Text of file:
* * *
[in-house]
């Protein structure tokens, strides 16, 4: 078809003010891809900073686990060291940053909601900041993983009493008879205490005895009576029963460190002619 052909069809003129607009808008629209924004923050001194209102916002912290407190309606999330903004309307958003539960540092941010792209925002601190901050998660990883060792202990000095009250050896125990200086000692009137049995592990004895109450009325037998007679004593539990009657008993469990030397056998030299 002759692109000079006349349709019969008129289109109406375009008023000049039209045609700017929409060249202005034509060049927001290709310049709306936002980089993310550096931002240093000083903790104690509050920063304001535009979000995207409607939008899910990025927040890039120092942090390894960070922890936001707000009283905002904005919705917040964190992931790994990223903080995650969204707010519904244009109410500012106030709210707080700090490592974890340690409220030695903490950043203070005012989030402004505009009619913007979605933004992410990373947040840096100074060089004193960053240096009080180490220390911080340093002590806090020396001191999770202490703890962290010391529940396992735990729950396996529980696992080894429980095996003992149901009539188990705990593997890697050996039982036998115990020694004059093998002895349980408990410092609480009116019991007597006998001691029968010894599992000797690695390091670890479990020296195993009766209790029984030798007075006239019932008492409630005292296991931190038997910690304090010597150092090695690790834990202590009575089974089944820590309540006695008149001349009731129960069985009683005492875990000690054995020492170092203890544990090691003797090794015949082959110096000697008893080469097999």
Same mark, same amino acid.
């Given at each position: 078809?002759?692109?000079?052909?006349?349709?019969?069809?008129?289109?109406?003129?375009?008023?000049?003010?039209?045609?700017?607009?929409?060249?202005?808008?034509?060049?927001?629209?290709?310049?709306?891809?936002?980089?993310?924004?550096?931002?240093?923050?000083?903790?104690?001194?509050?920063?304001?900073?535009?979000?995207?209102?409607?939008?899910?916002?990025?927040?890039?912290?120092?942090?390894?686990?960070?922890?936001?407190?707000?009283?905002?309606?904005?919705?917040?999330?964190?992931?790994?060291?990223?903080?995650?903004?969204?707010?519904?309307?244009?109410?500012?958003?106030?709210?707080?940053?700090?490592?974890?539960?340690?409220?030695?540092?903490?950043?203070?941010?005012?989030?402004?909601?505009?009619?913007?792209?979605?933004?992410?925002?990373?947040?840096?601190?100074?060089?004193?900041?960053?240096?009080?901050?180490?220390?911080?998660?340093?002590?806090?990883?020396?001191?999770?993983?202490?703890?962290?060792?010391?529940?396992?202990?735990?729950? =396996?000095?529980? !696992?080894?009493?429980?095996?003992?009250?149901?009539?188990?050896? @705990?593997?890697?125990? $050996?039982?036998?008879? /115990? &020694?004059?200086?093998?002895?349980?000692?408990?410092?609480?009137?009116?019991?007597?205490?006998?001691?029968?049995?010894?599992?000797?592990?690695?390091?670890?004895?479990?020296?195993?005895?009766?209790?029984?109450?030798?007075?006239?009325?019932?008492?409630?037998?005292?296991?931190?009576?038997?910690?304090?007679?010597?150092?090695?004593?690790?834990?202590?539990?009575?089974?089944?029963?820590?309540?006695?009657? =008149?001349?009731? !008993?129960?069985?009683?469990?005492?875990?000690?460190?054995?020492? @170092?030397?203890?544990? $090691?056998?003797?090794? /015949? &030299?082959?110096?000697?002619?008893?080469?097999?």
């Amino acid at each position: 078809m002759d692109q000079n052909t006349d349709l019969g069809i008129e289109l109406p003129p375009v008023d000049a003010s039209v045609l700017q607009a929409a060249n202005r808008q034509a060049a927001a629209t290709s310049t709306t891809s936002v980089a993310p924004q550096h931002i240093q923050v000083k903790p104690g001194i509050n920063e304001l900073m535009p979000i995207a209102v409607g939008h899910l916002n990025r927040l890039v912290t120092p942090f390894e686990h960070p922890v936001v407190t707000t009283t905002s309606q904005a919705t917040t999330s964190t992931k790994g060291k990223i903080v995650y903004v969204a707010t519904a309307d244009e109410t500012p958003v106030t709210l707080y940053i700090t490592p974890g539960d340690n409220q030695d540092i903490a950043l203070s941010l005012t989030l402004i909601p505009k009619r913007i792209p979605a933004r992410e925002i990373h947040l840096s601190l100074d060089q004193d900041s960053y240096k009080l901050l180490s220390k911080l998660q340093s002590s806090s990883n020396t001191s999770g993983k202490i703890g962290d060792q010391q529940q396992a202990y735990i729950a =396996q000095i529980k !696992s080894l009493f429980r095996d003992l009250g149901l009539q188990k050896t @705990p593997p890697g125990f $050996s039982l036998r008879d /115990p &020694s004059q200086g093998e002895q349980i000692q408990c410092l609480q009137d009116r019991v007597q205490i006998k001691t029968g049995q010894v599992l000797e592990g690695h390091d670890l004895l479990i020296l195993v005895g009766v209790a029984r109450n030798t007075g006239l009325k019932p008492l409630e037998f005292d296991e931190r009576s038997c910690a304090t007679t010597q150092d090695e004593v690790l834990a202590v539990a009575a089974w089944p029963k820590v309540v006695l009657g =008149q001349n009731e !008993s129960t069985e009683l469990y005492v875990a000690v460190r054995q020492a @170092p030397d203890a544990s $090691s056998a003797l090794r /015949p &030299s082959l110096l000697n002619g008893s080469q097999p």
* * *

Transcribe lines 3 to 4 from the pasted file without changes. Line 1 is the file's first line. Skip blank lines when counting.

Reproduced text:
Same mark, same amino acid.
């Given at each position: 078809?002759?692109?000079?052909?006349?349709?019969?069809?008129?289109?109406?003129?375009?008023?000049?003010?039209?045609?700017?607009?929409?060249?202005?808008?034509?060049?927001?629209?290709?310049?709306?891809?936002?980089?993310?924004?550096?931002?240093?923050?000083?903790?104690?001194?509050?920063?304001?900073?535009?979000?995207?209102?409607?939008?899910?916002?990025?927040?890039?912290?120092?942090?390894?686990?960070?922890?936001?407190?707000?009283?905002?309606?904005?919705?917040?999330?964190?992931?790994?060291?990223?903080?995650?903004?969204?707010?519904?309307?244009?109410?500012?958003?106030?709210?707080?940053?700090?490592?974890?539960?340690?409220?030695?540092?903490?950043?203070?941010?005012?989030?402004?909601?505009?009619?913007?792209?979605?933004?992410?925002?990373?947040?840096?601190?100074?060089?004193?900041?960053?240096?009080?901050?180490?220390?911080?998660?340093?002590?806090?990883?020396?001191?999770?993983?202490?703890?962290?060792?010391?529940?396992?202990?735990?729950? =396996?000095?529980? !696992?080894?009493?429980?095996?003992?009250?149901?009539?188990?050896? @705990?593997?890697?125990? $050996?039982?036998?008879? /115990? &020694?004059?200086?093998?002895?349980?000692?408990?410092?609480?009137?009116?019991?007597?205490?006998?001691?029968?049995?010894?599992?000797?592990?690695?390091?670890?004895?479990?020296?195993?005895?009766?209790?029984?109450?030798?007075?006239?009325?019932?008492?409630?037998?005292?296991?931190?009576?038997?910690?304090?007679?010597?150092?090695?004593?690790?834990?202590?539990?009575?089974?089944?029963?820590?309540?006695?009657? =008149?001349?009731? !008993?129960?069985?009683?469990?005492?875990?000690?460190?054995?020492? @170092?030397?203890?544990? $090691?056998?003797?090794? /015949? &030299?082959?110096?000697?002619?008893?080469?097999?």